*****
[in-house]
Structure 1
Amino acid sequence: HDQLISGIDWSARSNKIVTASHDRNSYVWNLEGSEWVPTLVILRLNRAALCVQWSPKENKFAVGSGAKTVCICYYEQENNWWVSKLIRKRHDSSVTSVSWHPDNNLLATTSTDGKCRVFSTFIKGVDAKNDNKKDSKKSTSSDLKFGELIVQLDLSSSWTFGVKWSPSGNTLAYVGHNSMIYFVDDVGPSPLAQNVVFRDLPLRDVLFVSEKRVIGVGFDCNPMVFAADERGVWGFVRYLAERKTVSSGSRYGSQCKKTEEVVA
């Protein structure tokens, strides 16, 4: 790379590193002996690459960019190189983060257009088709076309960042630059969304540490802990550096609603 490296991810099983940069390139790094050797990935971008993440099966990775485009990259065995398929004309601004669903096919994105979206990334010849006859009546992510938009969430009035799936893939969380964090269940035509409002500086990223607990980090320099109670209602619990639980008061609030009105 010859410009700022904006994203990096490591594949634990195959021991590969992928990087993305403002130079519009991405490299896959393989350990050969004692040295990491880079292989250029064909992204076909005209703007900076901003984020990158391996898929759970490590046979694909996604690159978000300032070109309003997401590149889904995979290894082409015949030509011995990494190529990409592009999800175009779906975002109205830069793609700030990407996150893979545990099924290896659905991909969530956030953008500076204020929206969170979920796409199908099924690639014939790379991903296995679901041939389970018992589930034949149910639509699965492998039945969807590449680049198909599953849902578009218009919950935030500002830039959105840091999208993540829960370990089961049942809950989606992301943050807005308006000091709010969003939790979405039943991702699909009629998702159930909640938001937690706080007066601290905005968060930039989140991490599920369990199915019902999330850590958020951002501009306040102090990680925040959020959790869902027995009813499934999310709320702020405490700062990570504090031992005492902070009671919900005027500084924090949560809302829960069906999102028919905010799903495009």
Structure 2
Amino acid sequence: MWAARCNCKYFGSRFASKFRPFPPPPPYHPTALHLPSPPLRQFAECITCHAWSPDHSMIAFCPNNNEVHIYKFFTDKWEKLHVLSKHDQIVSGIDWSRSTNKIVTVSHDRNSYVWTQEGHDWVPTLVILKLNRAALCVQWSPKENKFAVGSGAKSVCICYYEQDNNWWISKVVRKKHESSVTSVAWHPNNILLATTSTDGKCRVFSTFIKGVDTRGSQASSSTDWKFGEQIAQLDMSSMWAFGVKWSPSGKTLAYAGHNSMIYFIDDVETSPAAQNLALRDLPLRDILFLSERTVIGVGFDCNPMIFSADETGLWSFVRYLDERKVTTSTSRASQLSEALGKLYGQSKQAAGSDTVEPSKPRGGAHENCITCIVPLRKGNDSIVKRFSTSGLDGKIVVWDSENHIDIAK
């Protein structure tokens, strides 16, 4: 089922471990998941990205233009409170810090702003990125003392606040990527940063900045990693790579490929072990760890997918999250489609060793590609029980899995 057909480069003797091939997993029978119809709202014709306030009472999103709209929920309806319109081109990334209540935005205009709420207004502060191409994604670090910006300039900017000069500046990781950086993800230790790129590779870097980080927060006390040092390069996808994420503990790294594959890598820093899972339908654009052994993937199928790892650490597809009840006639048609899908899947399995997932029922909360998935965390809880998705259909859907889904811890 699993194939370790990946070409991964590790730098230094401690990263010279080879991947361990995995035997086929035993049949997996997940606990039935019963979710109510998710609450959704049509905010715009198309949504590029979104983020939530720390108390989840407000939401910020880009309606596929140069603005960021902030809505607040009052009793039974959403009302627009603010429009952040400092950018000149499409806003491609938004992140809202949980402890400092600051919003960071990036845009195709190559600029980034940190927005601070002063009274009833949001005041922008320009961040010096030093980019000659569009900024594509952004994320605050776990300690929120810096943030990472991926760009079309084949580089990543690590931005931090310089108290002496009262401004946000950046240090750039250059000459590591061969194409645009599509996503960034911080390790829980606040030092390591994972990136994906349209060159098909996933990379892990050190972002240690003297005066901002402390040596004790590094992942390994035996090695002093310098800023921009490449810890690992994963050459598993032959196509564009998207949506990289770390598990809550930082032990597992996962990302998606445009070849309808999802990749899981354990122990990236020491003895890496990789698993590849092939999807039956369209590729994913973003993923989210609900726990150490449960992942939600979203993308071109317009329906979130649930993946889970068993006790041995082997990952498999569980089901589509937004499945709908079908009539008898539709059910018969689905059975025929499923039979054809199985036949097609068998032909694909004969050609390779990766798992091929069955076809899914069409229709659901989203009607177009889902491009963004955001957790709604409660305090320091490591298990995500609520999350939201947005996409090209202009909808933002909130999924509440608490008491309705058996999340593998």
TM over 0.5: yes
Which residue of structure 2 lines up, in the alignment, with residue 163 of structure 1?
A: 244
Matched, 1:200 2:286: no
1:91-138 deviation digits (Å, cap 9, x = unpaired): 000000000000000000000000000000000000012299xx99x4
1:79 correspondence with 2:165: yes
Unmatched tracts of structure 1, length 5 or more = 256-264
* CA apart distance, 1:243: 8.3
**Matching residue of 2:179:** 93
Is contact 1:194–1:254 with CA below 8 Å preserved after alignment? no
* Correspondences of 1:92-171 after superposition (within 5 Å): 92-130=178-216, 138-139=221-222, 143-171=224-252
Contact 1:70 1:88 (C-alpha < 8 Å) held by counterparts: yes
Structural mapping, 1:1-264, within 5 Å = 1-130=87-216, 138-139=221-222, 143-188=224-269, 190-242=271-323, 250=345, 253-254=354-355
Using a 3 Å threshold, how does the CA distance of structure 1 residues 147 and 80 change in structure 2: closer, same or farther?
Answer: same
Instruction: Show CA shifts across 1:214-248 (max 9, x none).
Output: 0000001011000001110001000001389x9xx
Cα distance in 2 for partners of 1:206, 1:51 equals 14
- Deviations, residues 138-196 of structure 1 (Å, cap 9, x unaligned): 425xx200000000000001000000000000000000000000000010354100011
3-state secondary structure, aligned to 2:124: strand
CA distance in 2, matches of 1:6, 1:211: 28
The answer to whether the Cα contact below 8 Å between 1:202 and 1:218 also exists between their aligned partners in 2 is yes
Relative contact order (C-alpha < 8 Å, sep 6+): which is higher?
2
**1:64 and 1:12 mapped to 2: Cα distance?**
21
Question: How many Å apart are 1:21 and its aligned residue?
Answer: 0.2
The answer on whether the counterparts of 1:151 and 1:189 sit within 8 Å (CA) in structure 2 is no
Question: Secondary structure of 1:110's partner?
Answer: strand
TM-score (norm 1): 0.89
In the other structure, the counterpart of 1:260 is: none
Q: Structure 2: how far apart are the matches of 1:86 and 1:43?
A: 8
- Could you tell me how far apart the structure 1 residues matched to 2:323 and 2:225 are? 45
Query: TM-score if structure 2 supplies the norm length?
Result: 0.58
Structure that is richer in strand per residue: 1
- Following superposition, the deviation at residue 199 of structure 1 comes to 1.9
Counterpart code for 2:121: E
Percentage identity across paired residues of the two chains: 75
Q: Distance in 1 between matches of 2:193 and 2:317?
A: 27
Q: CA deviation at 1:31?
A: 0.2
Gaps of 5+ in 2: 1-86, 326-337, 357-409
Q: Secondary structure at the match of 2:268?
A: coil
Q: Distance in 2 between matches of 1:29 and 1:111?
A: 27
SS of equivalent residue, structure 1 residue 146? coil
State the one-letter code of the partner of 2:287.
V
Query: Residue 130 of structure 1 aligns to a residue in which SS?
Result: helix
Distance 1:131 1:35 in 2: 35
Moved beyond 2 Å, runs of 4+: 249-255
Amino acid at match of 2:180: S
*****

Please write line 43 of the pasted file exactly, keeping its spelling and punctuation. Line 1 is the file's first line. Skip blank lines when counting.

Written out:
- Could you tell me how far apart the structure 1 residues matched to 2:323 and 2:225 are? 45